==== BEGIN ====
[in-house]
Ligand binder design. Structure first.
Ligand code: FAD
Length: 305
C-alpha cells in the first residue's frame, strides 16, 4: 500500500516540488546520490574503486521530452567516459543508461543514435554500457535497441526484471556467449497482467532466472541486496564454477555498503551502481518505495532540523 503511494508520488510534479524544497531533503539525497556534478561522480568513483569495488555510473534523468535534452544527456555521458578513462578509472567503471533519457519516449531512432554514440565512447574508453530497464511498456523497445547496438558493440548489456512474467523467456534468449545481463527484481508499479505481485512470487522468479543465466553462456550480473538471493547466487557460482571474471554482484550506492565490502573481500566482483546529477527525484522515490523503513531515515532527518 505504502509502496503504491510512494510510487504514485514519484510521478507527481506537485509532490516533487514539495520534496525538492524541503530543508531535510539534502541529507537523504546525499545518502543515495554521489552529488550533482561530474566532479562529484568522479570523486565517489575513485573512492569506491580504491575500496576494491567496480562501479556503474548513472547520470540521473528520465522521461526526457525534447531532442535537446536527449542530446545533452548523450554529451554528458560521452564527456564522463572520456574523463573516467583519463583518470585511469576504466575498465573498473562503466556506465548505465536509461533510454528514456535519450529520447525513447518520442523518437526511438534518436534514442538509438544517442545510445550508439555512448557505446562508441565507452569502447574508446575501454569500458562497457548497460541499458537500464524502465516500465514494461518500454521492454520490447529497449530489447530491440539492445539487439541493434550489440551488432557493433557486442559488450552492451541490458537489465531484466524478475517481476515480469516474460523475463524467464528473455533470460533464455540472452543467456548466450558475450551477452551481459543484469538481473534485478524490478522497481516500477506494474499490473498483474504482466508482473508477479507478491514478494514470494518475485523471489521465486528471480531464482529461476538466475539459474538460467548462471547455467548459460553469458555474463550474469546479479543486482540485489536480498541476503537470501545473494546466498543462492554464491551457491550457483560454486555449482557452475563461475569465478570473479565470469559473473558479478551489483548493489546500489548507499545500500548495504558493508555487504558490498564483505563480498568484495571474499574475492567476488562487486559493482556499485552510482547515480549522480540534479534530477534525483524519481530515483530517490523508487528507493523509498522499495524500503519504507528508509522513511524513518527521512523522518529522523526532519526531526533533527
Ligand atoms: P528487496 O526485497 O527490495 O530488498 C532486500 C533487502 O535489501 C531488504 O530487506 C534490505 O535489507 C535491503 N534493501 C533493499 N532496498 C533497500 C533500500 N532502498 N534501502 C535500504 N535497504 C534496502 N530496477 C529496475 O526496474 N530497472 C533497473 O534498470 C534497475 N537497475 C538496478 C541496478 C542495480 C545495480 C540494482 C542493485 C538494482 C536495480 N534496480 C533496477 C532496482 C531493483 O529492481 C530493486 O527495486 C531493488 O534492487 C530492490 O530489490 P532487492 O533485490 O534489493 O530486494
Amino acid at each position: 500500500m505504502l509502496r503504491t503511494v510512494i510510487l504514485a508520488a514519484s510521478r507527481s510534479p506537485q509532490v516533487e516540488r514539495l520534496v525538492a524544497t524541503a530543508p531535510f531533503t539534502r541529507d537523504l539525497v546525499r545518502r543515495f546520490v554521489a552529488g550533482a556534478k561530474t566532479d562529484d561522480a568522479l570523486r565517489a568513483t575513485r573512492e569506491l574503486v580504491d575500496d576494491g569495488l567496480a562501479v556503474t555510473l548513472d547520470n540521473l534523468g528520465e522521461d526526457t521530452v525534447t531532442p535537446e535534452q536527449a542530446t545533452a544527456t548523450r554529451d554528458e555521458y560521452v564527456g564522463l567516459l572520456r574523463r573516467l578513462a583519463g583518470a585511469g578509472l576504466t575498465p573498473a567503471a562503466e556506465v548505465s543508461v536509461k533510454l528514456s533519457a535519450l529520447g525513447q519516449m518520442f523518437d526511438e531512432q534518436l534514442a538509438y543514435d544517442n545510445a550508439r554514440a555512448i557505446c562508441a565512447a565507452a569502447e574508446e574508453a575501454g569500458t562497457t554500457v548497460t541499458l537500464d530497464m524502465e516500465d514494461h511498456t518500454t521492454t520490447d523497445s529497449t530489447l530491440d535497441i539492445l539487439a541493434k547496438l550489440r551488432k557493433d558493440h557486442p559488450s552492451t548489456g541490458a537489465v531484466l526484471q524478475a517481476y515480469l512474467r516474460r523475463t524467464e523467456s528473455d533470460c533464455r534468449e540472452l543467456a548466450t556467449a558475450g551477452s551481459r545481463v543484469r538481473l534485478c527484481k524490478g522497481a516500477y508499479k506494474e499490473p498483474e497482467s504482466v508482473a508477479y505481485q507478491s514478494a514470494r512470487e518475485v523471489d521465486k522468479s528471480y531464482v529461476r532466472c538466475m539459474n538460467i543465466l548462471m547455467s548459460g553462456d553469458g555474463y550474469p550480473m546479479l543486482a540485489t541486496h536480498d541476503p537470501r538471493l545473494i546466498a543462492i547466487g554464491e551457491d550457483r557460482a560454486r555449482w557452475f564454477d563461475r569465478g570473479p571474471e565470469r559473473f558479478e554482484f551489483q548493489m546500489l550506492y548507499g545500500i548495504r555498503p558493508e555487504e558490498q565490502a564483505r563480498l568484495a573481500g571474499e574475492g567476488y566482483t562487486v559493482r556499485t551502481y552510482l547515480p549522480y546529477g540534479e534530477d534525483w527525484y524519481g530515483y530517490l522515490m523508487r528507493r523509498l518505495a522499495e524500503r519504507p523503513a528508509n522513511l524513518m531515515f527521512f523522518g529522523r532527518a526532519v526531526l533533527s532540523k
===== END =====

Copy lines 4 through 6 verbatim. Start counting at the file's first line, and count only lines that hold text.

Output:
Length: 305
C-alpha cells in the first residue's frame, strides 16, 4: 500500500516540488546520490574503486521530452567516459543508461543514435554500457535497441526484471556467449497482467532466472541486496564454477555498503551502481518505495532540523 503511494508520488510534479524544497531533503539525497556534478561522480568513483569495488555510473534523468535534452544527456555521458578513462578509472567503471533519457519516449531512432554514440565512447574508453530497464511498456523497445547496438558493440548489456512474467523467456534468449545481463527484481508499479505481485512470487522468479543465466553462456550480473538471493547466487557460482571474471554482484550506492565490502573481500566482483546529477527525484522515490523503513531515515532527518 505504502509502496503504491510512494510510487504514485514519484510521478507527481506537485509532490516533487514539495520534496525538492524541503530543508531535510539534502541529507537523504546525499545518502543515495554521489552529488550533482561530474566532479562529484568522479570523486565517489575513485573512492569506491580504491575500496576494491567496480562501479556503474548513472547520470540521473528520465522521461526526457525534447531532442535537446536527449542530446545533452548523450554529451554528458560521452564527456564522463572520456574523463573516467583519463583518470585511469576504466575498465573498473562503466556506465548505465536509461533510454528514456535519450529520447525513447518520442523518437526511438534518436534514442538509438544517442545510445550508439555512448557505446562508441565507452569502447574508446575501454569500458562497457548497460541499458537500464524502465516500465514494461518500454521492454520490447529497449530489447530491440539492445539487439541493434550489440551488432557493433557486442559488450552492451541490458537489465531484466524478475517481476515480469516474460523475463524467464528473455533470460533464455540472452543467456548466450558475450551477452551481459543484469538481473534485478524490478522497481516500477506494474499490473498483474504482466508482473508477479507478491514478494514470494518475485523471489521465486528471480531464482529461476538466475539459474538460467548462471547455467548459460553469458555474463550474469546479479543486482540485489536480498541476503537470501545473494546466498543462492554464491551457491550457483560454486555449482557452475563461475569465478570473479565470469559473473558479478551489483548493489546500489548507499545500500548495504558493508555487504558490498564483505563480498568484495571474499574475492567476488562487486559493482556499485552510482547515480549522480540534479534530477534525483524519481530515483530517490523508487528507493523509498522499495524500503519504507528508509522513511524513518527521512523522518529522523526532519526531526533533527
Ligand atoms: P528487496 O526485497 O527490495 O530488498 C532486500 C533487502 O535489501 C531488504 O530487506 C534490505 O535489507 C535491503 N534493501 C533493499 N532496498 C533497500 C533500500 N532502498 N534501502 C535500504 N535497504 C534496502 N530496477 C529496475 O526496474 N530497472 C533497473 O534498470 C534497475 N537497475 C538496478 C541496478 C542495480 C545495480 C540494482 C542493485 C538494482 C536495480 N534496480 C533496477 C532496482 C531493483 O529492481 C530493486 O527495486 C531493488 O534492487 C530492490 O530489490 P532487492 O533485490 O534489493 O530486494